The real outlook for Spain

I’ve just been reviewing the BBC website and I found a great article. It starts with the statement “The unemployment rate in Spain hit a 12-year high in 2008 of 3 million, figures show, a further sign of the economic slowdown.”
So unemployment figures show that there are the same amount of unemployed now in Spain as there was in 1996. But what does this mean?

Well let’s have a look at some statistics.
According to INE (National Statistics for Spain) the total population of Spain in 1996 was slightly under 40 million, remember unemployment was 3 million, from the start of 2009 the population of Spain has reached 46 million! It should also be noted that a majority of the 6 million increase consists of people of working age. Of course these figures are from people officially in work. As I’m sure many of you know, if you have lived or worked in Spain, many people might be unemployed (officially) but are working (unofficially).

Unfortunately Spain seems to always have had the issue that its unemployment rates have been higher than the EU average. But it has also been one of the main engines of growth in Europe for the last decade. It seems that extremes always appear to apply here. When the neighbouring economies are doing badly, things are that little bit worse here, but when they are doing well, it goes very well here in Spain.

I’ve also been looking into the IMF (International Monetary Fund) preliminary findings on Spain and several important bits came up

Quoting from the IMF findings:

“… The authorities (spain) response has been forceful and earlier than EU partners with market-based banking policies and substantial fiscal measures.”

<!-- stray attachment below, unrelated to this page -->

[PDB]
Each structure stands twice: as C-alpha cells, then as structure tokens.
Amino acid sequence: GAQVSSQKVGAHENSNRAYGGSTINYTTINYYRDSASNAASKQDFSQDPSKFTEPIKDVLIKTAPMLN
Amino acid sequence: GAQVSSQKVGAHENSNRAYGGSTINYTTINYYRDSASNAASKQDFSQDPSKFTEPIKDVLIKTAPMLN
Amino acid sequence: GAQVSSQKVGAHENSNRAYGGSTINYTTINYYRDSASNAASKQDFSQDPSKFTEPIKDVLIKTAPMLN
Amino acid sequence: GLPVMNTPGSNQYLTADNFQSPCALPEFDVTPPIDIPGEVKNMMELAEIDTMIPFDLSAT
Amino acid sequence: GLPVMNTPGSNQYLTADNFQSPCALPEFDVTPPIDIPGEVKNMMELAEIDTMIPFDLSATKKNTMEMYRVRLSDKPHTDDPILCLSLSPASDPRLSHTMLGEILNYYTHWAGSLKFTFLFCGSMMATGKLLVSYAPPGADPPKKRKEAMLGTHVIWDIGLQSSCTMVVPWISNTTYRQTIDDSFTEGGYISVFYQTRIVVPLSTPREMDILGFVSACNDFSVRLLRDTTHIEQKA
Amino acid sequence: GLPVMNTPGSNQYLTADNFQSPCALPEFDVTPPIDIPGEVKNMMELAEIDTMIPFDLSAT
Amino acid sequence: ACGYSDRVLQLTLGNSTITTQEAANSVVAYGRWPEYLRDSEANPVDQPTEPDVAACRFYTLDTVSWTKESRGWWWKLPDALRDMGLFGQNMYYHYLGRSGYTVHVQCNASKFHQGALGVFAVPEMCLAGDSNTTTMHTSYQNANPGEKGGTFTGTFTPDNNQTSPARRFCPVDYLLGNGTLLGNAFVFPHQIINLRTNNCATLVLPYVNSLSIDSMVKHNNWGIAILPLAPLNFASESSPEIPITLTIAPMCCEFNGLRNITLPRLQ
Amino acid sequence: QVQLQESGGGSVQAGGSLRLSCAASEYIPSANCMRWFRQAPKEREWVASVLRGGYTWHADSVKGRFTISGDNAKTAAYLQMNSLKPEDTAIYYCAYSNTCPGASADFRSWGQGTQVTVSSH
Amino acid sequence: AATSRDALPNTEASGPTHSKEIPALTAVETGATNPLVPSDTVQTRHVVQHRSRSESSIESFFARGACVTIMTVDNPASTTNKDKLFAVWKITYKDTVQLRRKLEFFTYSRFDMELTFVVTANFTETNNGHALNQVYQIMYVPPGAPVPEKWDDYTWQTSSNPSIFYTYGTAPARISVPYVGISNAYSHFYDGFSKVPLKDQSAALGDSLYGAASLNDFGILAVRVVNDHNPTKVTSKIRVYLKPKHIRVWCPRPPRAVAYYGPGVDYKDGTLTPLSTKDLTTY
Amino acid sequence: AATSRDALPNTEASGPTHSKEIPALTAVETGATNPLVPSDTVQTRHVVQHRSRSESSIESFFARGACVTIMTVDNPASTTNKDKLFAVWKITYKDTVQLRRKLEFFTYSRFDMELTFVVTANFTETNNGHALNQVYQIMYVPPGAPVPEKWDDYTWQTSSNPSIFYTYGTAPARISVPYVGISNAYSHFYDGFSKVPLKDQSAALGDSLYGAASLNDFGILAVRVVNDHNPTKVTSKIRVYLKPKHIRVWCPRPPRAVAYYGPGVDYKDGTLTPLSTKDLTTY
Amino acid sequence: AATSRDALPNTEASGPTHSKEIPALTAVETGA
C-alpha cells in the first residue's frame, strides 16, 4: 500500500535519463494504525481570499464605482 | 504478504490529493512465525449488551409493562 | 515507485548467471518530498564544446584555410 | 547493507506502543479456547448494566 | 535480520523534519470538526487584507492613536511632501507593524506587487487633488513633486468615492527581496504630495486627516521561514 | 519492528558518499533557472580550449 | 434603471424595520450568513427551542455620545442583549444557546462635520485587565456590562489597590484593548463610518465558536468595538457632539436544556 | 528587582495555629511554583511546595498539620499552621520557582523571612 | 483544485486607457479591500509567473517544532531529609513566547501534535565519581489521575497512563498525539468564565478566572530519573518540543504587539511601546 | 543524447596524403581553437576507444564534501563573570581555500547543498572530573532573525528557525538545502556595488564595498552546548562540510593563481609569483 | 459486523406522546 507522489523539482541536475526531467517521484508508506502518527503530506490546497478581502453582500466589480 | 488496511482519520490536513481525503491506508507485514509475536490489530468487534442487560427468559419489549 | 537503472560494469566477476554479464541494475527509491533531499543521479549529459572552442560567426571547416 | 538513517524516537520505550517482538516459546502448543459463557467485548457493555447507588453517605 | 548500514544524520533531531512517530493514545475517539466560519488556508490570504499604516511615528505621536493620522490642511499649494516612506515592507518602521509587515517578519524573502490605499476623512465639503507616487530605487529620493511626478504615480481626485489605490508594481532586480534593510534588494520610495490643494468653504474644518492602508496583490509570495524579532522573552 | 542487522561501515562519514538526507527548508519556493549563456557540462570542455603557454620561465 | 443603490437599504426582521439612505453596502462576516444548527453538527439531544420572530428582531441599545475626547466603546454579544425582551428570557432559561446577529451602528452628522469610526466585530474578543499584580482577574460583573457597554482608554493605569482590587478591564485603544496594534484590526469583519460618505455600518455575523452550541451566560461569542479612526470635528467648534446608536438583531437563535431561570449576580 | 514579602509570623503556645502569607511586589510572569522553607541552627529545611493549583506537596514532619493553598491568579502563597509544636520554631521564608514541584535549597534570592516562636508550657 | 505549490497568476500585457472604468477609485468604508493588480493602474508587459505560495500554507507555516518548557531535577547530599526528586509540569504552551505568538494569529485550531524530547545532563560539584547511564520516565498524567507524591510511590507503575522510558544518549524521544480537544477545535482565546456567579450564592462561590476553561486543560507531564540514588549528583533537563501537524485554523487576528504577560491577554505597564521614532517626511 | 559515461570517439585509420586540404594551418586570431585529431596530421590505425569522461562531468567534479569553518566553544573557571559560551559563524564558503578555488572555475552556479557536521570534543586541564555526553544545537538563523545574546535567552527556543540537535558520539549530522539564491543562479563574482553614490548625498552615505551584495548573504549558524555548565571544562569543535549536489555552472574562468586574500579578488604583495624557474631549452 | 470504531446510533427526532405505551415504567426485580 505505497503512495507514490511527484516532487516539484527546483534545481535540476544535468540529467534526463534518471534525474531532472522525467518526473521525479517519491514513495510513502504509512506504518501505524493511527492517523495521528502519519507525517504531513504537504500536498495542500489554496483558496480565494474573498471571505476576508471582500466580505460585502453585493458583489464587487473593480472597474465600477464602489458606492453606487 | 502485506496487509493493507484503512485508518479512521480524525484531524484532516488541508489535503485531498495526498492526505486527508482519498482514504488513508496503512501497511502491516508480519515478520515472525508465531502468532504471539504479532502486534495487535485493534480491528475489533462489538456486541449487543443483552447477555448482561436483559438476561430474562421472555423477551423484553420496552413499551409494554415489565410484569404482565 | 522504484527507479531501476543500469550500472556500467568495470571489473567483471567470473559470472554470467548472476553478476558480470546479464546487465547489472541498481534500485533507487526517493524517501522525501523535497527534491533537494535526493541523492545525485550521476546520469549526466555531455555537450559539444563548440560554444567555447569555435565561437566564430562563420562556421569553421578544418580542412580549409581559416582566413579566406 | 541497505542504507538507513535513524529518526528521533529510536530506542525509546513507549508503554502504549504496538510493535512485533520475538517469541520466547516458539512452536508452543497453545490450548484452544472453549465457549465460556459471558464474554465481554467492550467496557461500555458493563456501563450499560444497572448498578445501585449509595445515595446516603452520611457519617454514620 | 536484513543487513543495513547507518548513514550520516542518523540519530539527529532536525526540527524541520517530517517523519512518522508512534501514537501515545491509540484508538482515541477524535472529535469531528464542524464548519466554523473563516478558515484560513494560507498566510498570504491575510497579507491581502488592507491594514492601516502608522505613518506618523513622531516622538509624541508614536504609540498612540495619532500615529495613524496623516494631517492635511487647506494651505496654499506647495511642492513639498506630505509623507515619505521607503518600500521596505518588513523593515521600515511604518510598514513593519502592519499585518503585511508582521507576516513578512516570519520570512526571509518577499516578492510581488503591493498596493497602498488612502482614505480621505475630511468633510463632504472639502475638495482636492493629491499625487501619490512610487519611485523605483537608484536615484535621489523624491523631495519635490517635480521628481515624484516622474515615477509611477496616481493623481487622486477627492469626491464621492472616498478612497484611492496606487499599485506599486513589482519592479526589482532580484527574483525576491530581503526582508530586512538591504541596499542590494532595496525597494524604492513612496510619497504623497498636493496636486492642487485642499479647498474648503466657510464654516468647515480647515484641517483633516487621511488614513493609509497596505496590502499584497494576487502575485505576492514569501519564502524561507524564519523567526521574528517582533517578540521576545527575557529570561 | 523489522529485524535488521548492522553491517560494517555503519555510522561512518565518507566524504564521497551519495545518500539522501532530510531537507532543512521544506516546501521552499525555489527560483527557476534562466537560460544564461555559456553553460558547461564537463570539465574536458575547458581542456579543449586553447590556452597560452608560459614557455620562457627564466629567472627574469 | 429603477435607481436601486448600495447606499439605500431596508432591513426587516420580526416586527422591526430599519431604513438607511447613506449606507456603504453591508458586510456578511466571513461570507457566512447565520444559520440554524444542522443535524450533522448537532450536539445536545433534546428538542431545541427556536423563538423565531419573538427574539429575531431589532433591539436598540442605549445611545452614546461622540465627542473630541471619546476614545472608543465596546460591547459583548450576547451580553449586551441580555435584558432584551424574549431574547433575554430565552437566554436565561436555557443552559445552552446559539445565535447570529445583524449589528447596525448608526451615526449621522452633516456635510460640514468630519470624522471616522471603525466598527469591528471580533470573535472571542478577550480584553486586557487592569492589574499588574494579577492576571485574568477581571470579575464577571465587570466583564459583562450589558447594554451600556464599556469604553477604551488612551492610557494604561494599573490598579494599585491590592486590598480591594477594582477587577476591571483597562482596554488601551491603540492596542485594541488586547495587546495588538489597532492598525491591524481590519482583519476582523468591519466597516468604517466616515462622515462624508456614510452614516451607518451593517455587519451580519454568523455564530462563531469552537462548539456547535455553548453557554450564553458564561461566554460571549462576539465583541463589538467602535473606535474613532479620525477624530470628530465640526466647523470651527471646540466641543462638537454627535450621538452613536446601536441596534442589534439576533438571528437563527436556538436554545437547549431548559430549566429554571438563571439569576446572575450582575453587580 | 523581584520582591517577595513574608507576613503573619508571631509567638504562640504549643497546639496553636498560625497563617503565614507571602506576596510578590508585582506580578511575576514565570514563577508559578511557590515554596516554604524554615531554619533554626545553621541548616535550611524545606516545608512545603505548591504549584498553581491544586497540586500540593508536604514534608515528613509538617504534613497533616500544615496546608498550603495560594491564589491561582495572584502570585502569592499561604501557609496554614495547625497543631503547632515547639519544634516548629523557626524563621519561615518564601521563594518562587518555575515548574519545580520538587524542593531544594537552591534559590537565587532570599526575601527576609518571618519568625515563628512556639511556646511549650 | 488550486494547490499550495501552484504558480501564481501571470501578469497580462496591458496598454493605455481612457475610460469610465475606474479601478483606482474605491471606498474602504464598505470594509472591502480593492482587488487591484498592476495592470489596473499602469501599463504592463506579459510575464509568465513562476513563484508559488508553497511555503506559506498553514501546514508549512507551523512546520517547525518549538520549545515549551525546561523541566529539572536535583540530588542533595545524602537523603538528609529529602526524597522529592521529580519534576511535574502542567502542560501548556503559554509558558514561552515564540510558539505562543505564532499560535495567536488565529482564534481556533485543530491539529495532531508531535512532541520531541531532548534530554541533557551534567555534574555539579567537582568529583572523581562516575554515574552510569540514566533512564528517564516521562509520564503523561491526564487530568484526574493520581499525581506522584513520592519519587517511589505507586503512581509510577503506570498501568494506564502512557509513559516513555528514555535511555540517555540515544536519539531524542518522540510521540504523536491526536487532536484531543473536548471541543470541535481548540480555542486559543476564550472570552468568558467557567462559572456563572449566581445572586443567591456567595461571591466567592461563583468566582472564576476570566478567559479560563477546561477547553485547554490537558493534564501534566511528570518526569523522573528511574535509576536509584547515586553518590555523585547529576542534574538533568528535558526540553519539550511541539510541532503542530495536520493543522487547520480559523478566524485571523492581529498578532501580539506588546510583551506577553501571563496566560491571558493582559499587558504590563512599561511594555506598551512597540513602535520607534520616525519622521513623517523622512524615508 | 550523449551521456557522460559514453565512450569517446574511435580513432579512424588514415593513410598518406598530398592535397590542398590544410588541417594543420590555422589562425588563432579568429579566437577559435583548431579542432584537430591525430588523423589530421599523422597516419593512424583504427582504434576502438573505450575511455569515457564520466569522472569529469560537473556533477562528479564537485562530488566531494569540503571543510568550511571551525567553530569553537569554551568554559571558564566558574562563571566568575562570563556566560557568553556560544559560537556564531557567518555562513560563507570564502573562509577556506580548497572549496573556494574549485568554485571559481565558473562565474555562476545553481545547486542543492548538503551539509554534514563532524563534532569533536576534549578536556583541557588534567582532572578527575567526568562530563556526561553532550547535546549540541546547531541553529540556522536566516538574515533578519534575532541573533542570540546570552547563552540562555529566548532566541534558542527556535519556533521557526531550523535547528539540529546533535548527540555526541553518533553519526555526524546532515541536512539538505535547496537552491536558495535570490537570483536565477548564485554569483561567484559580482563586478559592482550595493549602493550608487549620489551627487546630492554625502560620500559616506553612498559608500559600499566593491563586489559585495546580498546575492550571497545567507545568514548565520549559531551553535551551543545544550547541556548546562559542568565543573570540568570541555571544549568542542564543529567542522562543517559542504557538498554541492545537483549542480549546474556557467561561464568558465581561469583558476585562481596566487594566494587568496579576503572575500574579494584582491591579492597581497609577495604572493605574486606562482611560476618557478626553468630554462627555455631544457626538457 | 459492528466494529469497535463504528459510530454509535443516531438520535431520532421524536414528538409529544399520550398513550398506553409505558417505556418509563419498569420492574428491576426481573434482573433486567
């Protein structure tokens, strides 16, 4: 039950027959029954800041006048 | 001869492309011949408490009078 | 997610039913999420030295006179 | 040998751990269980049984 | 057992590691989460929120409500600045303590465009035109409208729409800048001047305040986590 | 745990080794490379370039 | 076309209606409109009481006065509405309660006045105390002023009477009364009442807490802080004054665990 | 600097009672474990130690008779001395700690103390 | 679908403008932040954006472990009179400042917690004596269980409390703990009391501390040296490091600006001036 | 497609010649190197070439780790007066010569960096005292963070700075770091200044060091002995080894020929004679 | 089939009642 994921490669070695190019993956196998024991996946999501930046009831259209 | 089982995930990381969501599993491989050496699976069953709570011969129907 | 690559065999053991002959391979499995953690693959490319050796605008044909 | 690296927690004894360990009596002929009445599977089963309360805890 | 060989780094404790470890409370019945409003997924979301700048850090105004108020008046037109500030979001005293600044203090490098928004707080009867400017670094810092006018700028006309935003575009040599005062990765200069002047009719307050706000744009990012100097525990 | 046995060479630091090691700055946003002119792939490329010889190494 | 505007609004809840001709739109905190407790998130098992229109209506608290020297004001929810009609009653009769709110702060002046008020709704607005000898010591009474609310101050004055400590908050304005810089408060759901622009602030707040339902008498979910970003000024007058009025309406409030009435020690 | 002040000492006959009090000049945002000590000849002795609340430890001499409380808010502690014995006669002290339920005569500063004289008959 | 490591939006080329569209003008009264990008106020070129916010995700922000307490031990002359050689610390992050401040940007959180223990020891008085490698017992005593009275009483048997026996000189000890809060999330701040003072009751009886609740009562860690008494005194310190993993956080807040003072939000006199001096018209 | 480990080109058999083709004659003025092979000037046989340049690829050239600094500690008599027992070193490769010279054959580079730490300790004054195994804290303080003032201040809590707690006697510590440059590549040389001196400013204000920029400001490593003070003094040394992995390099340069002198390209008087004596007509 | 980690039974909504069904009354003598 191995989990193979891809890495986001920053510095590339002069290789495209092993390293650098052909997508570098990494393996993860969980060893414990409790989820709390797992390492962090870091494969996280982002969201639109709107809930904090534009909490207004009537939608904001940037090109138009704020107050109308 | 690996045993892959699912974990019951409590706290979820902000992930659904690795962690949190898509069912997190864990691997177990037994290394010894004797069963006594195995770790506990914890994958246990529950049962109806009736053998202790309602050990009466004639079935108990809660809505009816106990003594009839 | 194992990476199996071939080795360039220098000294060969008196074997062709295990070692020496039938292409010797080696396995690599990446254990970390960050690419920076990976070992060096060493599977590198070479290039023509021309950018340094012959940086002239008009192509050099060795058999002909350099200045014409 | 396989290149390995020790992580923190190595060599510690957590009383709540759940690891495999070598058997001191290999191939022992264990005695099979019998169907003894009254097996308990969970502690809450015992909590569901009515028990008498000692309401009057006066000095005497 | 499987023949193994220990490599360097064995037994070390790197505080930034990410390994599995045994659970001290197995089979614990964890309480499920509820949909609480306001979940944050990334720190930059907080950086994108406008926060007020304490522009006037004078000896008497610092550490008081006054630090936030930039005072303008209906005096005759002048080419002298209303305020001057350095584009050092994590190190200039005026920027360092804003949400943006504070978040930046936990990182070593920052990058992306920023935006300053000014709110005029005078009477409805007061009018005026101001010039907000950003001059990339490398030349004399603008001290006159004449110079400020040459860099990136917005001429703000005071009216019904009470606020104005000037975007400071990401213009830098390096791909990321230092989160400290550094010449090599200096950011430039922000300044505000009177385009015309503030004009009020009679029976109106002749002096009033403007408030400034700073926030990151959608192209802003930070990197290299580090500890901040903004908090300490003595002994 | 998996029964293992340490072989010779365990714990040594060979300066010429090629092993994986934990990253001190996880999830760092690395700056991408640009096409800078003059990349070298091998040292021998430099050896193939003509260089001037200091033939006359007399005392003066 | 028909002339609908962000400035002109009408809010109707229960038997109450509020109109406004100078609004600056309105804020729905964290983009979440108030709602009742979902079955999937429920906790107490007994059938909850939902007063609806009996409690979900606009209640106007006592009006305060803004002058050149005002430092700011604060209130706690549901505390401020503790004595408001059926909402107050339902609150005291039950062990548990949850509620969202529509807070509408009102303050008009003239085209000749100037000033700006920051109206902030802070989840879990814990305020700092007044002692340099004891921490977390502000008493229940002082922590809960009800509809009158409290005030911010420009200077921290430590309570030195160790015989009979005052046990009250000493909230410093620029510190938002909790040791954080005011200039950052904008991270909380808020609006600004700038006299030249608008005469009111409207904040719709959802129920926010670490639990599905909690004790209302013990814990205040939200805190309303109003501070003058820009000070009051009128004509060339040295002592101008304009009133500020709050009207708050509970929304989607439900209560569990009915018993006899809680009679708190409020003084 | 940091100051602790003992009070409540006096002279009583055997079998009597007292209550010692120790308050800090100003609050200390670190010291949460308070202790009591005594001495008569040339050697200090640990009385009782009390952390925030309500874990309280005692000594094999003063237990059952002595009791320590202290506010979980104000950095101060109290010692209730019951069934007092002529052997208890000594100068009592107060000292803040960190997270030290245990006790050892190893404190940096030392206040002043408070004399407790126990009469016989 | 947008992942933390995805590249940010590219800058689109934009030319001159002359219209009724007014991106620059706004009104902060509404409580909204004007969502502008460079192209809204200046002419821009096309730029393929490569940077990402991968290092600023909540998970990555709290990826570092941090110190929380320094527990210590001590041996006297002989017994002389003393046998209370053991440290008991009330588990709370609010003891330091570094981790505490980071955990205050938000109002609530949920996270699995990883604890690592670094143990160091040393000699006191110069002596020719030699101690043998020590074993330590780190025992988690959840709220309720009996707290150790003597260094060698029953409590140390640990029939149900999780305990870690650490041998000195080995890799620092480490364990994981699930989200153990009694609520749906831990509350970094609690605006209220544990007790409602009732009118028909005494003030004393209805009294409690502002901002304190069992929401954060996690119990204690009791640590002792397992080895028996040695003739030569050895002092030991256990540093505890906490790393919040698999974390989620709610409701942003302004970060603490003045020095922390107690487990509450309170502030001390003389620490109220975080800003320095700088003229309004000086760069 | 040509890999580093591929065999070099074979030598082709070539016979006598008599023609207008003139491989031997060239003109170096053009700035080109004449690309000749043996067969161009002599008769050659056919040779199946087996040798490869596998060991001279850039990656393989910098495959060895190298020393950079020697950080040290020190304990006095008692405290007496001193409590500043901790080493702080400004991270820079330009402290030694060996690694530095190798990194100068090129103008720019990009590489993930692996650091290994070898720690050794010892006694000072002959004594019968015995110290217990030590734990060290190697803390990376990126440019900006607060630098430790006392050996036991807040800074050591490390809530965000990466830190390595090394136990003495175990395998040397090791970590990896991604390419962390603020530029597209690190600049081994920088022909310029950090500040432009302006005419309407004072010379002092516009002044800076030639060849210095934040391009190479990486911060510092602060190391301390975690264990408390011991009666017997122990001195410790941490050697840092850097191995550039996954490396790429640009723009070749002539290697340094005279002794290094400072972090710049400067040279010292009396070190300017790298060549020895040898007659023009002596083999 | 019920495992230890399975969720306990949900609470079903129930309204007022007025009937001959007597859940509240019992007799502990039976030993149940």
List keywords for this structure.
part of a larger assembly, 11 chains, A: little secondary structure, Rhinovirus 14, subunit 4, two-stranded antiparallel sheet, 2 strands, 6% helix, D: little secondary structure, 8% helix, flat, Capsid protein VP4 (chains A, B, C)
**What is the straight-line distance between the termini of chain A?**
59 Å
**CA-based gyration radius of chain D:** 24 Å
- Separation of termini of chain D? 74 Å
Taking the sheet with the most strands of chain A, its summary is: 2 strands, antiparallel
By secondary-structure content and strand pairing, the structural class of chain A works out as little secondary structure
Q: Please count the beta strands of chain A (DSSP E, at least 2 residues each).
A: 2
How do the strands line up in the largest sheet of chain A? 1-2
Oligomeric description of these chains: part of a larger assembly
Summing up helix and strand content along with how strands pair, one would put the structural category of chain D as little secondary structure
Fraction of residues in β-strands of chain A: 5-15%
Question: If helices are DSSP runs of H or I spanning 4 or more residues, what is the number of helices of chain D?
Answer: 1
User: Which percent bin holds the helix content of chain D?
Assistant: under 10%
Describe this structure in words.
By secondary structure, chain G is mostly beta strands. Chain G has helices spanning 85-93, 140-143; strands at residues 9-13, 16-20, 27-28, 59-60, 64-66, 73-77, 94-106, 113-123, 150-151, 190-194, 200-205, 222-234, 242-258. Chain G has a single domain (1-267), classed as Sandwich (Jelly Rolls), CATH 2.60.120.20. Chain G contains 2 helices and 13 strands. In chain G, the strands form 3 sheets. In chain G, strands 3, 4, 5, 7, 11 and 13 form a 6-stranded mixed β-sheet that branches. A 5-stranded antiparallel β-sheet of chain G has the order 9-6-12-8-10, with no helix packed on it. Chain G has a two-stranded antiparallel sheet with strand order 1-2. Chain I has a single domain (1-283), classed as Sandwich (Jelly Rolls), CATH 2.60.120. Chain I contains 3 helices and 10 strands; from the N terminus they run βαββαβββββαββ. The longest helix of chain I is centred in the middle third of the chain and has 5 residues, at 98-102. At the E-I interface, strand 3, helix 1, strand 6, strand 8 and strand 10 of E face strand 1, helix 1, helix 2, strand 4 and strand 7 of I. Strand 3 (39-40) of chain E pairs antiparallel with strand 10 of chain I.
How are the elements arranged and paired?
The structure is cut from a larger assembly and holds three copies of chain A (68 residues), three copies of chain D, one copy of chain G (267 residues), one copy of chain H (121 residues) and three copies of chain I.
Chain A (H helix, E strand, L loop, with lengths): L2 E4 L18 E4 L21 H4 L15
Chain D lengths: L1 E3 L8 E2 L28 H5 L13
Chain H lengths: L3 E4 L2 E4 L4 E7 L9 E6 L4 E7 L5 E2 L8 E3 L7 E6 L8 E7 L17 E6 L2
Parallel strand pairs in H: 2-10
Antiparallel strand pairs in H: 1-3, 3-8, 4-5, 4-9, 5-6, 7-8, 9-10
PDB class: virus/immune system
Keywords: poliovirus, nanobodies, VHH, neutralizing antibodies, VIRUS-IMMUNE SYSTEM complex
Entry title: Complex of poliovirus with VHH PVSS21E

“Banks have held up well so far owing to sound prudential regulations and supervision and the strong traditional retail banking model”

“In conjunction with EU partners, Spanish authorities have reacted promptly to mitigate the effects of the financial turmoil while preserving a market-orientated system”

Nothing quite like positive statements form the IMF to instil confidence in a country. Of course this does not mean spain is doing everything perfectly. Three points that Spain definitely requires to take on-board are
“More significant reforms than currently contemplated are needed to achieve a vigorous medium-term recovery and avoid a potential L-shaped outlook”

“Product and service market reforms require a strong and full implementation to deflate margins and bolster productivity”


“labor market reform is the most important missing policy issue.”

From a personal point of view I feel that Spain still has great potential for growth and there is no reason why we can’t see this happen. As always the danger is that the politicians have to be willing to implement it. As luck would have it (in a way) its up to the socialists to implement these changes. If they do propose them, the PP (right-wing) will support them. Which to date has happened. Of course both parties are still trying to score points of each other but as long as they implement these changes there is hope.

Andrew Bellés

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